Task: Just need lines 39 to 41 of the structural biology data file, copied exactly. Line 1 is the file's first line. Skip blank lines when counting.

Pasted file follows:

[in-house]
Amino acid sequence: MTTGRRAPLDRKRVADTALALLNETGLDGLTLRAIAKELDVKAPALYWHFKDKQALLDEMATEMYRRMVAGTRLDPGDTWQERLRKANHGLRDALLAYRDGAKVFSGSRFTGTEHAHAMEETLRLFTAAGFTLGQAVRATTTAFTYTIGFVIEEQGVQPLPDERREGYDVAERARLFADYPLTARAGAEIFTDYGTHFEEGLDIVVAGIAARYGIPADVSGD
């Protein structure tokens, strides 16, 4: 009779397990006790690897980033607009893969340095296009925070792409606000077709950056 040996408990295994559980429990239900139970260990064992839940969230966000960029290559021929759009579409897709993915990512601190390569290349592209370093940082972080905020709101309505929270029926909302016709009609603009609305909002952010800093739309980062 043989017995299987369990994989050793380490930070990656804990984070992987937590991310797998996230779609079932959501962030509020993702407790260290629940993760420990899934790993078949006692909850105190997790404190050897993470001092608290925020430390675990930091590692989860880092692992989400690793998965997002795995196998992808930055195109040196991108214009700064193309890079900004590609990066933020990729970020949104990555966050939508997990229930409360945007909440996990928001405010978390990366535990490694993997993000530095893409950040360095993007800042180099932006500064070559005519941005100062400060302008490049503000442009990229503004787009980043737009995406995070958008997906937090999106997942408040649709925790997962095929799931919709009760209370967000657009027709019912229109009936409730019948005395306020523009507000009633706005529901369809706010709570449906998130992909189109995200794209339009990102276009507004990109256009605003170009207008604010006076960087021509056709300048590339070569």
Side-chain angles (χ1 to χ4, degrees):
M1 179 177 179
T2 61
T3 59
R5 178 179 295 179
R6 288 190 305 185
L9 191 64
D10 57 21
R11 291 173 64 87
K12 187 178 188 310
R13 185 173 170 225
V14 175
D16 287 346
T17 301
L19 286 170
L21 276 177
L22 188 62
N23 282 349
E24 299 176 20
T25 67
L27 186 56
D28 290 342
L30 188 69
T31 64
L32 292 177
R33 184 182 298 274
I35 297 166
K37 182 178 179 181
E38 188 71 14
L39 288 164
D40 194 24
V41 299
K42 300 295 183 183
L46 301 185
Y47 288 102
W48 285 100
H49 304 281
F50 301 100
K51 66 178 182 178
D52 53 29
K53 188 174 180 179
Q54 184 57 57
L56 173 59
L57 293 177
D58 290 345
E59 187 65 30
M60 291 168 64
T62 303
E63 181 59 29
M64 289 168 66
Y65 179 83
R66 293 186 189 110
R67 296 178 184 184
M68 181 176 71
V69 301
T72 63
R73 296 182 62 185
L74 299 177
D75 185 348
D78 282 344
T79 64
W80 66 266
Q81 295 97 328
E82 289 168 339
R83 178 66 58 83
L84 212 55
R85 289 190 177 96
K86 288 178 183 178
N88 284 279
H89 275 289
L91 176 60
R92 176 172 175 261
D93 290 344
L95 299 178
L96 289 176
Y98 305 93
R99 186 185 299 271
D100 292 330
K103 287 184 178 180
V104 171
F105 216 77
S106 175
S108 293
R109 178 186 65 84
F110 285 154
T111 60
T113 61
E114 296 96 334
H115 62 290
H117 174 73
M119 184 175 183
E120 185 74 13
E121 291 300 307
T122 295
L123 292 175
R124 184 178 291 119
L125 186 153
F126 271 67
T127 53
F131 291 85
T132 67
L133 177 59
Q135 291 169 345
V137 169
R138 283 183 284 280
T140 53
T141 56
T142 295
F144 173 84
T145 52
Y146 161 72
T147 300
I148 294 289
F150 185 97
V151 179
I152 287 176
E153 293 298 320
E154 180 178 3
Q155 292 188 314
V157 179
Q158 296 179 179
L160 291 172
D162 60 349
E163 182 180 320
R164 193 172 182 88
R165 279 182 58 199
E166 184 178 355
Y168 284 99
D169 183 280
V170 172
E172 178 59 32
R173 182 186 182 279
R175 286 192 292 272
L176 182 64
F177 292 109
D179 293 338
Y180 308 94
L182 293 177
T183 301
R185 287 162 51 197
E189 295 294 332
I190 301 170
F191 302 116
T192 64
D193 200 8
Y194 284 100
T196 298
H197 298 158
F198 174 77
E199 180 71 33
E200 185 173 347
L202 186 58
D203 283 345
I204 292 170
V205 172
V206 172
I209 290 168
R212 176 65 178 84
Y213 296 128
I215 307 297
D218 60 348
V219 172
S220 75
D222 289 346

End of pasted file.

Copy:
W48 285 100
H49 304 281
F50 301 100